How To Dye Rice For Sensory Bins

Did you catch my post a few weeks ago on how to find success with dyed rice sensory bins? This post will give you tips on rice sensory bins, as well as our favorite tools for rice play. Today, I wanted to share how to make the dyed rice! Here’s my tried and true recipe plus some tips! This rice is taste-safe but does not mean it should be eaten by the handful. 

Materials: 

1 cup dry rice
1 tablespoon vinegar
Lots of food coloring! Liquid or Gel
Sandwich bags
Sheet pan
Wax paper/ parchment paper/ tin foil (optional but nice to have) 

Instructions: 

Place the rice and vinegar in a plastic sandwich bag. Squirt in lots of food coloring. The more food coloring, the deeper and better the color will turn out. 

Sandwich bag with rice, vinegar, and food coloring

Shake the bag until the coloring is evenly spread through the rice! 

Spread the rice on a sheet pan to dry. I like to cover my pan with parchment paper (or something similar) to keep the pan cleaner. If this isn’t possible, it’s fine to place the rice directly on the pan. In my experience, it has always washed off with a little soap and water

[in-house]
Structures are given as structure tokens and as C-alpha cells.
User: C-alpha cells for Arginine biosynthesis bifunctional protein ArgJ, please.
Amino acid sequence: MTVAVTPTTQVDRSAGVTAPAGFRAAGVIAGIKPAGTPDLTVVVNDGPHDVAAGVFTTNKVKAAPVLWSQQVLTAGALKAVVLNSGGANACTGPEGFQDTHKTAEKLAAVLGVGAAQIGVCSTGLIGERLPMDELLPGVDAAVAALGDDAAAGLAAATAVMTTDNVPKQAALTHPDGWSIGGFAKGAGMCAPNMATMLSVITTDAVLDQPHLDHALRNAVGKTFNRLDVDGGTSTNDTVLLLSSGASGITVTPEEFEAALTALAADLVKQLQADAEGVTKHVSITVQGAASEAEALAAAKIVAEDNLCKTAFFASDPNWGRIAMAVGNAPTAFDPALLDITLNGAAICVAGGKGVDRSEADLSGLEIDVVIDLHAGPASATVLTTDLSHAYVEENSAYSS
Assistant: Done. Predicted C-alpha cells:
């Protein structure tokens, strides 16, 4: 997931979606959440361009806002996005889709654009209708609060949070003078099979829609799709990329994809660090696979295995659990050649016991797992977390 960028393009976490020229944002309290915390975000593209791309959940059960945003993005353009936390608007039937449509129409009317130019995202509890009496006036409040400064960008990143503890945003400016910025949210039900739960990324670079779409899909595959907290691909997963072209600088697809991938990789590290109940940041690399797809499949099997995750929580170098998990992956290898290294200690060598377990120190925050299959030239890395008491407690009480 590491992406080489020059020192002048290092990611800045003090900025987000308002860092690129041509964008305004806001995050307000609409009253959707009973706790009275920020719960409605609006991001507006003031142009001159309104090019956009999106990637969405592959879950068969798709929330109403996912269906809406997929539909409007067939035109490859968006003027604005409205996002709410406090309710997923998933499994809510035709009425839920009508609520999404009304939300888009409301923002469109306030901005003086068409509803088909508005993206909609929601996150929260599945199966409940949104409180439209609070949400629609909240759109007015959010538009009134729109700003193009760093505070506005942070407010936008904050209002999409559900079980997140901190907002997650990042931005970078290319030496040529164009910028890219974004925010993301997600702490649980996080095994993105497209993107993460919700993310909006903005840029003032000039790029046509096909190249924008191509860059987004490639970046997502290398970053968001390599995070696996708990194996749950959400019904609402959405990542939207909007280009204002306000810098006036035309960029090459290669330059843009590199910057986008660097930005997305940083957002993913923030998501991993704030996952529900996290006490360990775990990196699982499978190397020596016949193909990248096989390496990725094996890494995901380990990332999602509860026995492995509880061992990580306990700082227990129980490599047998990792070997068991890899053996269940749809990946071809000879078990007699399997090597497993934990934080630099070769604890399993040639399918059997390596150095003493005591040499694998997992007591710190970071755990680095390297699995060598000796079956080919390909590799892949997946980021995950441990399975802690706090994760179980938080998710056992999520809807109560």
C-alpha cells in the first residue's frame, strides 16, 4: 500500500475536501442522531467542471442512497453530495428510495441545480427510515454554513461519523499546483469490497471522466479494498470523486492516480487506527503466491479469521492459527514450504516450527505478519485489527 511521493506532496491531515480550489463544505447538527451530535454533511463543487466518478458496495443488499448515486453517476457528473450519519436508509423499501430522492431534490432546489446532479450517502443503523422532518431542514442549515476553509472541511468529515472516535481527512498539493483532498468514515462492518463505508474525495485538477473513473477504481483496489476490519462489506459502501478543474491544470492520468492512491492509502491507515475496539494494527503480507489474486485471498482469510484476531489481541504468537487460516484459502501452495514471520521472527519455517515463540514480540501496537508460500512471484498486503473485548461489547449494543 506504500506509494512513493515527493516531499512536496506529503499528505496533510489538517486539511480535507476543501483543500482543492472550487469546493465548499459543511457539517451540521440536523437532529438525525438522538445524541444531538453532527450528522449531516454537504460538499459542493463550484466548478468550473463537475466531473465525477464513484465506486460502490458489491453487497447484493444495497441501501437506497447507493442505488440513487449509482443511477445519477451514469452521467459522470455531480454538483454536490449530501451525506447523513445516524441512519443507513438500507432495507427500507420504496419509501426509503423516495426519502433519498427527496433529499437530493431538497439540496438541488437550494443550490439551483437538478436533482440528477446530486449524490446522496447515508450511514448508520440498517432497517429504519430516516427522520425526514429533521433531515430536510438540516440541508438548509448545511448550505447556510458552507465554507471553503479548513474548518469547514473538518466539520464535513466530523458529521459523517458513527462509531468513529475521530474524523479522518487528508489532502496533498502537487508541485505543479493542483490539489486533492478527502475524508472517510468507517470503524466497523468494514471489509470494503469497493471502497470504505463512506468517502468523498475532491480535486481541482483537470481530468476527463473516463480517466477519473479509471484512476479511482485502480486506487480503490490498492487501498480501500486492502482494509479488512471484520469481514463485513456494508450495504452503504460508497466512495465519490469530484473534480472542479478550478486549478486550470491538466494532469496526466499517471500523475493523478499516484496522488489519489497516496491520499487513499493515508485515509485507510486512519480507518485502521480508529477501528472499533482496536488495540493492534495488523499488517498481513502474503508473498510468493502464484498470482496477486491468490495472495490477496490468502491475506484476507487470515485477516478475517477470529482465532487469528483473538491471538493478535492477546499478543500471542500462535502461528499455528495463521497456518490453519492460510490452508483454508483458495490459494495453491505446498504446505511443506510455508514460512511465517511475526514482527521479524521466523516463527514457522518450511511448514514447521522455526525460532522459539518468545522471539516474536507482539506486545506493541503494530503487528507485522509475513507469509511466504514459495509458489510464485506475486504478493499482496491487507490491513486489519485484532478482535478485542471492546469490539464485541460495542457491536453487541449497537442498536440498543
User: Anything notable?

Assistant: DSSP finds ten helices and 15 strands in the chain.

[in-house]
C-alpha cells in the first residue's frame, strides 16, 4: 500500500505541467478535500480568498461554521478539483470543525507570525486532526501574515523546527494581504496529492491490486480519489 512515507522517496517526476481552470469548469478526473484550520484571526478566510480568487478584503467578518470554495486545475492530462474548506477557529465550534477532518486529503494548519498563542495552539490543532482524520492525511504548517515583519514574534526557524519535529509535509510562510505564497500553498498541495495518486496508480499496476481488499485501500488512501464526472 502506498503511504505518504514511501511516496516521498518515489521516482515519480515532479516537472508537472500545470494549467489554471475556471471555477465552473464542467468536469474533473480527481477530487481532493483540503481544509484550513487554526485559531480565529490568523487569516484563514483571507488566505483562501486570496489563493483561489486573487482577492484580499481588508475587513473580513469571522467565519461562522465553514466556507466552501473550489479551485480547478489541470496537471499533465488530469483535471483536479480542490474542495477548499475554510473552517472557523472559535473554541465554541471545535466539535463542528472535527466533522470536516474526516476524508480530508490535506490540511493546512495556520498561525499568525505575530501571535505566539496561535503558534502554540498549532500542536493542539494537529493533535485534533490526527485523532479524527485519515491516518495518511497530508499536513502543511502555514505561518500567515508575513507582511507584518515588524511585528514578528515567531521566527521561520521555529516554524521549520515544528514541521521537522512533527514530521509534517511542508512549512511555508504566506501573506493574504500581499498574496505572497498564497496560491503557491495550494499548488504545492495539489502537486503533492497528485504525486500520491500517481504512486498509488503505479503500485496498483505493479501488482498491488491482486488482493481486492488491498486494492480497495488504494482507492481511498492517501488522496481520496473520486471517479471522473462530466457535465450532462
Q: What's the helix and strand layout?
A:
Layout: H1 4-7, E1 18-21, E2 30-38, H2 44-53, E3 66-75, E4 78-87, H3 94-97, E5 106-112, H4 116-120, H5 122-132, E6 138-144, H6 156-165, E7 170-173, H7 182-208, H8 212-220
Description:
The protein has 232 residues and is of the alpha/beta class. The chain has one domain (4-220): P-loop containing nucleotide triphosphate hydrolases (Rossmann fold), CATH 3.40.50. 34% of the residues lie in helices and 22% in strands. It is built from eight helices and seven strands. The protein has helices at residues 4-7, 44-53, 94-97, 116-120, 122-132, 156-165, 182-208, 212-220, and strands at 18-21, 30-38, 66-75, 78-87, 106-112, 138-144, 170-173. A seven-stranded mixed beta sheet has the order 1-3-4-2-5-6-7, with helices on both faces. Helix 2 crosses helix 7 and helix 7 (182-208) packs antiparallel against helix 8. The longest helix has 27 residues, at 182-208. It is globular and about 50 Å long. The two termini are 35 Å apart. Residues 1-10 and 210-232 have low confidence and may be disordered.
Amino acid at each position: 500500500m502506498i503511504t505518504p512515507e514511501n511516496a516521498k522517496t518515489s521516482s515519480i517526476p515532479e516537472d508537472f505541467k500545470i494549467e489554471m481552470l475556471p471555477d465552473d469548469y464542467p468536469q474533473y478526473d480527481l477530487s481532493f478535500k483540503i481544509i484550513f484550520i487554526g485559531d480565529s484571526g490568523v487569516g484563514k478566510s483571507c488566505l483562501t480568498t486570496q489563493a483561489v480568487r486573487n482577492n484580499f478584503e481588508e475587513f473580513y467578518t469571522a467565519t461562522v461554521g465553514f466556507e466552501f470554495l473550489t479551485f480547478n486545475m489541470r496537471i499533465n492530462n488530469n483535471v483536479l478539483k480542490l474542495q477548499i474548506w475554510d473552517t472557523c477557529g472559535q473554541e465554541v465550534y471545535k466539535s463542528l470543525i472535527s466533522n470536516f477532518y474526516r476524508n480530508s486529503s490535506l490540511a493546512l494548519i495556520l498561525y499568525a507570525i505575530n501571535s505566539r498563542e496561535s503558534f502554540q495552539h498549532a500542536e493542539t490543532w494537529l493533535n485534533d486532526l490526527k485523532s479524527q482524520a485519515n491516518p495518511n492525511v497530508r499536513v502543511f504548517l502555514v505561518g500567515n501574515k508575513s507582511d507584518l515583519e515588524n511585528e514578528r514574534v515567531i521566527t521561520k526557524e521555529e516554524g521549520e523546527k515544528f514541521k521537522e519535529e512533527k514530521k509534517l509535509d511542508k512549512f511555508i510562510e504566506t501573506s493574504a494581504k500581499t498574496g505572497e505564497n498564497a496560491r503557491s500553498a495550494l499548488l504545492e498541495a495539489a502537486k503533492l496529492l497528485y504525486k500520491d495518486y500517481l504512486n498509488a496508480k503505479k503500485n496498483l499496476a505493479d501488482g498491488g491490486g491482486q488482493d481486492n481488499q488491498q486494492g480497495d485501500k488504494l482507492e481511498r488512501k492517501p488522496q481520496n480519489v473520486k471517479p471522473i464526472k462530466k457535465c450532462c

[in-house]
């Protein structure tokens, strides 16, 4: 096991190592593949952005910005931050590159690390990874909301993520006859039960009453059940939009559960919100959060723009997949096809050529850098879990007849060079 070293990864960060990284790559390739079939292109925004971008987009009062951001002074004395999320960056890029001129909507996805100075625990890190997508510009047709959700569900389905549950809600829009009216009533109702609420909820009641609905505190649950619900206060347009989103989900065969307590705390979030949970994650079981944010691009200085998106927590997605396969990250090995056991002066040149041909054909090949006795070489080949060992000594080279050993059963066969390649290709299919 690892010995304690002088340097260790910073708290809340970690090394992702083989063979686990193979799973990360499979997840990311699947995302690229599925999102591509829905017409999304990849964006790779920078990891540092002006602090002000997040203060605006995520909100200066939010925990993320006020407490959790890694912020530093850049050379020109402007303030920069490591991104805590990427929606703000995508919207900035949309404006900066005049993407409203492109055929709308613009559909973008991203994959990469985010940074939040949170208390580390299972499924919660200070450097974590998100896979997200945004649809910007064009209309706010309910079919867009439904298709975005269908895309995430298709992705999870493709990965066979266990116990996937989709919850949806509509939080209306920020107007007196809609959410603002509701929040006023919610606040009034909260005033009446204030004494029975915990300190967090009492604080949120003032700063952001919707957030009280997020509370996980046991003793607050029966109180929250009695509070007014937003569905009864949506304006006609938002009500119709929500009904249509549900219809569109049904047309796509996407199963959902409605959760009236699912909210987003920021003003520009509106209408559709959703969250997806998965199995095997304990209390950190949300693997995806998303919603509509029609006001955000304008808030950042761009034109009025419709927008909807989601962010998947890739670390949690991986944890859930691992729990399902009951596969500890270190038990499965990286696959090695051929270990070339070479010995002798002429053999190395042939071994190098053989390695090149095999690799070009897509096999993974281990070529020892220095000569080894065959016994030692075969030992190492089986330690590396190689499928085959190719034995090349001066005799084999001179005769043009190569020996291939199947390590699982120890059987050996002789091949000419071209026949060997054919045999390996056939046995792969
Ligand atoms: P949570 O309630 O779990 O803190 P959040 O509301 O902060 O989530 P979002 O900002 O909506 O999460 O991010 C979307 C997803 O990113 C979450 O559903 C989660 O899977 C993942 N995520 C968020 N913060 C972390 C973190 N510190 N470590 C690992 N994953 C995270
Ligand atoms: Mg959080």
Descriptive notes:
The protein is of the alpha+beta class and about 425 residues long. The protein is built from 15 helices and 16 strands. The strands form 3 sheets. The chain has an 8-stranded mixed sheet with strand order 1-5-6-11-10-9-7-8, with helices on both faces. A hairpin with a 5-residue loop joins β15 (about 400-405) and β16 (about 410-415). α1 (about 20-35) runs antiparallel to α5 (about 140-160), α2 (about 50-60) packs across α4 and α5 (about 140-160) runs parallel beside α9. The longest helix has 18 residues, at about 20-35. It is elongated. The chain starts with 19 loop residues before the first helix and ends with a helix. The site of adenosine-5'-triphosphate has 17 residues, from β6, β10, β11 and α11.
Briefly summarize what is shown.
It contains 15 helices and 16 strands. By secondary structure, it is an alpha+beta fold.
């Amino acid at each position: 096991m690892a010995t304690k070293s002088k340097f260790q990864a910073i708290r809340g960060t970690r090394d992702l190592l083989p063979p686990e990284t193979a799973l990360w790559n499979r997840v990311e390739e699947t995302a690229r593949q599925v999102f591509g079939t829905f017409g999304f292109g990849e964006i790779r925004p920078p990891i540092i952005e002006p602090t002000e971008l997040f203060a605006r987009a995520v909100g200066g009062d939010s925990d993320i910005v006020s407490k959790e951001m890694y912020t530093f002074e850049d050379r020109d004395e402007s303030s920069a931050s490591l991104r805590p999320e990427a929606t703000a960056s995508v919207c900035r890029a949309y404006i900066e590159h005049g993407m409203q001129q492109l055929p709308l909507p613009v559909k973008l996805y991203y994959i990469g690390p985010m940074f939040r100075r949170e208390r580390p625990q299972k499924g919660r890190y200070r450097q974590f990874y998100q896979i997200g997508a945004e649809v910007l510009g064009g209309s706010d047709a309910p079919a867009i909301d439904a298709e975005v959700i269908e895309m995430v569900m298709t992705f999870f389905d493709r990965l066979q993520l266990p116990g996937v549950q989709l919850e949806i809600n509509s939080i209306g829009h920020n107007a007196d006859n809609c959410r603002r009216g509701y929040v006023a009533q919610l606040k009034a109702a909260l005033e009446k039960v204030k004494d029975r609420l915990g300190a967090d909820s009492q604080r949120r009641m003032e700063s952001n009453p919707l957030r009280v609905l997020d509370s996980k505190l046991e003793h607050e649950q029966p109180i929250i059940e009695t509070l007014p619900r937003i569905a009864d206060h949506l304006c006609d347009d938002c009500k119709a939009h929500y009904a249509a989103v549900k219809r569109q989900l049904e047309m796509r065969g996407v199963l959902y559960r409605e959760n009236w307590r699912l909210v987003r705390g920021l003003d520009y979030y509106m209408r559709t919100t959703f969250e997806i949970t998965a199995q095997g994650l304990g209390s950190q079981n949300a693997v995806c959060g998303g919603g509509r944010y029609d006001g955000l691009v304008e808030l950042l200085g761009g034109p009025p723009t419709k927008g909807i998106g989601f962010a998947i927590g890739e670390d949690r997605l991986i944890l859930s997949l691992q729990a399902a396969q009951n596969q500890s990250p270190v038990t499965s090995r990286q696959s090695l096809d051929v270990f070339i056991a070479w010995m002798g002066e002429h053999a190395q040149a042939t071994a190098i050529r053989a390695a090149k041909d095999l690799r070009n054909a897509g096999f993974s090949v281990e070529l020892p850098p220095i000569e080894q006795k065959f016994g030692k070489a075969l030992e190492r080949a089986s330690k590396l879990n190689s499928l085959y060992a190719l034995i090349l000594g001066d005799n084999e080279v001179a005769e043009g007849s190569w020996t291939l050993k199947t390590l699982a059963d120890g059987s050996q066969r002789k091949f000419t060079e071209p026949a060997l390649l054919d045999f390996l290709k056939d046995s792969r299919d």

Dump the rice on a sheet pan
Spread it thin. This is one cup of rice on one half of a standard size cookie sheet.

*The thinner you spread the rice, the faster it will dry. 

*For an even faster dry time, put in the oven on the lowest setting. If it’s a sunny day, place outside to dry. 

After about 30 minutes, you will have to break up chunks of rice that stick together.

The rice is dry once you can run your fingers through it and it doesn’t leave a residue of color on your fingers. 

Other Tips: 

Use the 1:1 ratio for rice and vinegar. You can do 2 cups of rice, 2 Tbs vinegar, and so on…